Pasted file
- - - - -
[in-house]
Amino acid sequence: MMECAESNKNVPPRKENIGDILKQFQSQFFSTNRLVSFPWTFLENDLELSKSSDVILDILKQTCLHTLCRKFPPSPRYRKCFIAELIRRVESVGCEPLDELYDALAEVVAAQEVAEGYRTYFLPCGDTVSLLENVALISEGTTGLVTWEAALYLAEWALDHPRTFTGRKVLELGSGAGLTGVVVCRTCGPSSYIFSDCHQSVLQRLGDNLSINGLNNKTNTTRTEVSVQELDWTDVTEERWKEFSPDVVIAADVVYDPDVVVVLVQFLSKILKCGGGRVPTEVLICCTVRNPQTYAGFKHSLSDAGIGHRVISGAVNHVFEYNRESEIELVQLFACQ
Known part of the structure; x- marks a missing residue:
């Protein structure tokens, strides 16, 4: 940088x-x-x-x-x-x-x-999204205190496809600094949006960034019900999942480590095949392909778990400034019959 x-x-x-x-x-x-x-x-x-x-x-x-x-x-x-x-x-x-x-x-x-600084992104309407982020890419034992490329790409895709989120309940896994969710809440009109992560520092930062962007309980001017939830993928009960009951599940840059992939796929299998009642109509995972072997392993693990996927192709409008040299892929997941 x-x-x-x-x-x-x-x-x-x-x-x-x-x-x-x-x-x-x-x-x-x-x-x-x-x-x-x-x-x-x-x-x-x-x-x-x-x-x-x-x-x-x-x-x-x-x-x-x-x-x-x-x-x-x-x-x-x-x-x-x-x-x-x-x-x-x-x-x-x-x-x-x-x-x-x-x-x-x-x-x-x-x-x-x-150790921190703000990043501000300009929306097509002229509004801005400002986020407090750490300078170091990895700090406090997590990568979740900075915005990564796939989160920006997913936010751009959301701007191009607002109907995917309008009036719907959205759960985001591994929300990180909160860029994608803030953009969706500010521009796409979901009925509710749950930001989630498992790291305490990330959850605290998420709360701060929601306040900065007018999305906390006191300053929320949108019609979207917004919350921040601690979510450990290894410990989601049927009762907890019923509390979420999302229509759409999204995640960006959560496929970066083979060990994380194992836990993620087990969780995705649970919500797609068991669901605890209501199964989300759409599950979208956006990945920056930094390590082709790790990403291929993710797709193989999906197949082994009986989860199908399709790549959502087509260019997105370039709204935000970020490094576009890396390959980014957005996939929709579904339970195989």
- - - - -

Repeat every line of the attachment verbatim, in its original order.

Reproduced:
[in-house]
Amino acid sequence: MMECAESNKNVPPRKENIGDILKQFQSQFFSTNRLVSFPWTFLENDLELSKSSDVILDILKQTCLHTLCRKFPPSPRYRKCFIAELIRRVESVGCEPLDELYDALAEVVAAQEVAEGYRTYFLPCGDTVSLLENVALISEGTTGLVTWEAALYLAEWALDHPRTFTGRKVLELGSGAGLTGVVVCRTCGPSSYIFSDCHQSVLQRLGDNLSINGLNNKTNTTRTEVSVQELDWTDVTEERWKEFSPDVVIAADVVYDPDVVVVLVQFLSKILKCGGGRVPTEVLICCTVRNPQTYAGFKHSLSDAGIGHRVISGAVNHVFEYNRESEIELVQLFACQ
Known part of the structure; x- marks a missing residue:
């Protein structure tokens, strides 16, 4: 940088x-x-x-x-x-x-x-999204205190496809600094949006960034019900999942480590095949392909778990400034019959 x-x-x-x-x-x-x-x-x-x-x-x-x-x-x-x-x-x-x-x-x-600084992104309407982020890419034992490329790409895709989120309940896994969710809440009109992560520092930062962007309980001017939830993928009960009951599940840059992939796929299998009642109509995972072997392993693990996927192709409008040299892929997941 x-x-x-x-x-x-x-x-x-x-x-x-x-x-x-x-x-x-x-x-x-x-x-x-x-x-x-x-x-x-x-x-x-x-x-x-x-x-x-x-x-x-x-x-x-x-x-x-x-x-x-x-x-x-x-x-x-x-x-x-x-x-x-x-x-x-x-x-x-x-x-x-x-x-x-x-x-x-x-x-x-x-x-x-x-150790921190703000990043501000300009929306097509002229509004801005400002986020407090750490300078170091990895700090406090997590990568979740900075915005990564796939989160920006997913936010751009959301701007191009607002109907995917309008009036719907959205759960985001591994929300990180909160860029994608803030953009969706500010521009796409979901009925509710749950930001989630498992790291305490990330959850605290998420709360701060929601306040900065007018999305906390006191300053929320949108019609979207917004919350921040601690979510450990290894410990989601049927009762907890019923509390979420999302229509759409999204995640960006959560496929970066083979060990994380194992836990993620087990969780995705649970919500797609068991669901605890209501199964989300759409599950979208956006990945920056930094390590082709790790990403291929993710797709193989999906197949082994009986989860199908399709790549959502087509260019997105370039709204935000970020490094576009890396390959980014957005996939929709579904339970195989």